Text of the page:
Long and frequent napping could be associated with a higher risk of Alzheimer’s disease-related dementia, according to a study released this week.
Researchers from Brigham and Women’s Hospital in Boston, Mass., said “this is the first cohort study demonstrating a bidirectional link between objectively measured, excessive daytime napping and Alzheimer's dementia or cognitive impairment,” to the best of their knowledge.
“Our results also for the first time demonstrated directly that daytime napping and cognition may drive each other's changes bidirectionally,” and are the first measure of napping related to the disease that included both men and women, said the study, published in Alzheimer’s & Dementia: The Journal of the Alzheimer’s Association.
Results came from the ongoing Rush Memory and Aging project conducted at the Rush Alzheimer's Disease Center. An analysis showed that “more excessive (longer or more frequent) daytime napping was correlated with worse cognition a year later, and conversely, worse cognition was correlated with more excessive naps a year later.”
Initially, researchers were interested in conducting the study since people are known to nap longer and more frequently with aging. Progression of Alzheimer's dementia accelerates this change by more than doubling the annual increases in nap duration/frequency, they said.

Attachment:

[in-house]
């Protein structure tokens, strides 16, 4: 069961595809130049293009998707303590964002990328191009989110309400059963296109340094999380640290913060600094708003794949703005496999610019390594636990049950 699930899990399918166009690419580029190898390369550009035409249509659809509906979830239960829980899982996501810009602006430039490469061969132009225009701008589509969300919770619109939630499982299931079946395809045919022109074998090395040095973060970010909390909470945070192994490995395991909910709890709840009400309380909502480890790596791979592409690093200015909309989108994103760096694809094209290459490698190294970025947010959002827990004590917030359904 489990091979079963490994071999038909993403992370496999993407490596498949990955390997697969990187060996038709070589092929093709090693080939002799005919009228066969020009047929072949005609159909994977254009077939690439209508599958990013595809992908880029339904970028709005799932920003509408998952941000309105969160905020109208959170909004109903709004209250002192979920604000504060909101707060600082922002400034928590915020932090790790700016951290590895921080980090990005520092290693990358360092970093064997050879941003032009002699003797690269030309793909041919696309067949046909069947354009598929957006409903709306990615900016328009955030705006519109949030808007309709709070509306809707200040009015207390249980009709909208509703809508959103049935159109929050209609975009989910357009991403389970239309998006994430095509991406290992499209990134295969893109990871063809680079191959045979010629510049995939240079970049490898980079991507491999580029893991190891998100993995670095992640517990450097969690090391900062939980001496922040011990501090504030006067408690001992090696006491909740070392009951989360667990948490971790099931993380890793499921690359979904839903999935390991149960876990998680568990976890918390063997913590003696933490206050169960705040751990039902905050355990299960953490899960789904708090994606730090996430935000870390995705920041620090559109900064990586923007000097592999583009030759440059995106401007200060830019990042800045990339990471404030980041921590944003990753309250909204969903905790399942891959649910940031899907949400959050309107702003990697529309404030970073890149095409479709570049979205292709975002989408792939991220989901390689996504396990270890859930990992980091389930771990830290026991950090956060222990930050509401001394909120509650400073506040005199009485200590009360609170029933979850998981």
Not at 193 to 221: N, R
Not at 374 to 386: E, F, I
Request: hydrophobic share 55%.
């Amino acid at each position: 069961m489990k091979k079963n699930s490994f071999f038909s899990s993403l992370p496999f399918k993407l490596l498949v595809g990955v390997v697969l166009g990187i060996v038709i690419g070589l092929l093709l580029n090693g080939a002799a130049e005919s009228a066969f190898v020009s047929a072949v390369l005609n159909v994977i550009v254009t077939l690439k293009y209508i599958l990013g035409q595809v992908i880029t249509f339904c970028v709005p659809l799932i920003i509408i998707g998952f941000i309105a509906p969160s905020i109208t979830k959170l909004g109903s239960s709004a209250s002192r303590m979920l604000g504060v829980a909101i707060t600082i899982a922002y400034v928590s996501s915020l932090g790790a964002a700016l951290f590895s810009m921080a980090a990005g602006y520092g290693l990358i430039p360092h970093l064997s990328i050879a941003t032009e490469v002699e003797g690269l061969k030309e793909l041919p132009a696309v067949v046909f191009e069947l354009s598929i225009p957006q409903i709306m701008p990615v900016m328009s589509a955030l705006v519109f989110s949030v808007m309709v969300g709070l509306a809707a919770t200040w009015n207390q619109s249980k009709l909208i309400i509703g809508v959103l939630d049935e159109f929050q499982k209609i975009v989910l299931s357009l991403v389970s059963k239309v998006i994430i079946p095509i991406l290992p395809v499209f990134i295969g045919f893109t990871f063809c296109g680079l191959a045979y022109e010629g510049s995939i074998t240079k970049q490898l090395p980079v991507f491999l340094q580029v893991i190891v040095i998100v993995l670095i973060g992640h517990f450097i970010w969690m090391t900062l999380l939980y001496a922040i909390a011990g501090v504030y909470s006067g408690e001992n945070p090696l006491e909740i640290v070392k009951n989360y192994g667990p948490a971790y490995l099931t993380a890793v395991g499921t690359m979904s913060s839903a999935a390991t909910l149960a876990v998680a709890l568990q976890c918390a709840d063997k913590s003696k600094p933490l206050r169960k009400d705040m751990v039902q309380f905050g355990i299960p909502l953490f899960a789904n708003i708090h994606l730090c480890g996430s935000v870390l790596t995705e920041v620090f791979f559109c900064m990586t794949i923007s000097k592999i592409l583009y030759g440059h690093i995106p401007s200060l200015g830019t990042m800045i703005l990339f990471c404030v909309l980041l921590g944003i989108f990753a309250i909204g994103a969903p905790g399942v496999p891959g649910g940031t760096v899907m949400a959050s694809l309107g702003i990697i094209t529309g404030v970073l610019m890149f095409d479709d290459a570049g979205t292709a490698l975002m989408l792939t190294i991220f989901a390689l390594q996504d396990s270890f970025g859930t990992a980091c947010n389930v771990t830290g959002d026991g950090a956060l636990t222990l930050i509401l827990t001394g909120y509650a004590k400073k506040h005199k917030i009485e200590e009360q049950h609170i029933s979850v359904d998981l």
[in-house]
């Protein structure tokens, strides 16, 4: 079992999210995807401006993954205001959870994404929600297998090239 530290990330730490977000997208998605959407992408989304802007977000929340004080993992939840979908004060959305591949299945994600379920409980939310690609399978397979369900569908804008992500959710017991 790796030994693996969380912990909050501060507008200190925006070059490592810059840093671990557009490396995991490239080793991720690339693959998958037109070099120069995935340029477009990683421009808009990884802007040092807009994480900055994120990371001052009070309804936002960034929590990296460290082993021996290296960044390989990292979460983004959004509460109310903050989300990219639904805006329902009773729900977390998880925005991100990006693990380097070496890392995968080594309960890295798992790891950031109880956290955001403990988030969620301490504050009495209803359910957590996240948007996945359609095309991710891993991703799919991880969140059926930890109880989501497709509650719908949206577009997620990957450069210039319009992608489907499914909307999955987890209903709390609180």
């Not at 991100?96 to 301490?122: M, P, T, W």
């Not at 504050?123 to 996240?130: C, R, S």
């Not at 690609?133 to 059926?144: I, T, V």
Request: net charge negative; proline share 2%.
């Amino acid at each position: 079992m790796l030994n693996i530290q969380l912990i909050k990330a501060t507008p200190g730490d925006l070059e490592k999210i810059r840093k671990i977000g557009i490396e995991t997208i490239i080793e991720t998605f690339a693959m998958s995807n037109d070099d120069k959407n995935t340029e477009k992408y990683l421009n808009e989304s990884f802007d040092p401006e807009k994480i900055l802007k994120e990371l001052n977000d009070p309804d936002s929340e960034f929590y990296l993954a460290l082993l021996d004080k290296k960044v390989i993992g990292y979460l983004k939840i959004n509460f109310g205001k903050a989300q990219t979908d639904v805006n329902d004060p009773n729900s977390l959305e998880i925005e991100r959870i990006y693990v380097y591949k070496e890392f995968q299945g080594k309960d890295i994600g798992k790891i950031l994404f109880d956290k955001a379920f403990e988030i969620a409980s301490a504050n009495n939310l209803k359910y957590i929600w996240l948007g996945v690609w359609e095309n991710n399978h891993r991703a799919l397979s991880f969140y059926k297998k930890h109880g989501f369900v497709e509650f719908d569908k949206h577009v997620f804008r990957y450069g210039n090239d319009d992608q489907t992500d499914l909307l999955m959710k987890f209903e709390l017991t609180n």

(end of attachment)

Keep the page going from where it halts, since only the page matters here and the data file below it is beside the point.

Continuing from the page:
Alzheimer’s disease is a degenerative brain disease and the most common form of dementia, according to the Alzheimer’s Association. While there is no known cure for Alzheimer’s, abnormal structures called plaques and tangles are “prime suspects in damaging and killing nerve cells.”
Going forward, researchers recommend that the relationship between longer or more frequent daytime napping and Alzheimer’s pathology be studied further, whether napping in people under 65 years of age could be associated with late-life cognition and cognitive outcomes, and “whether a direct intervention in daytime sleep” can lower the risk of Alzheimer’s-related cognitive decline.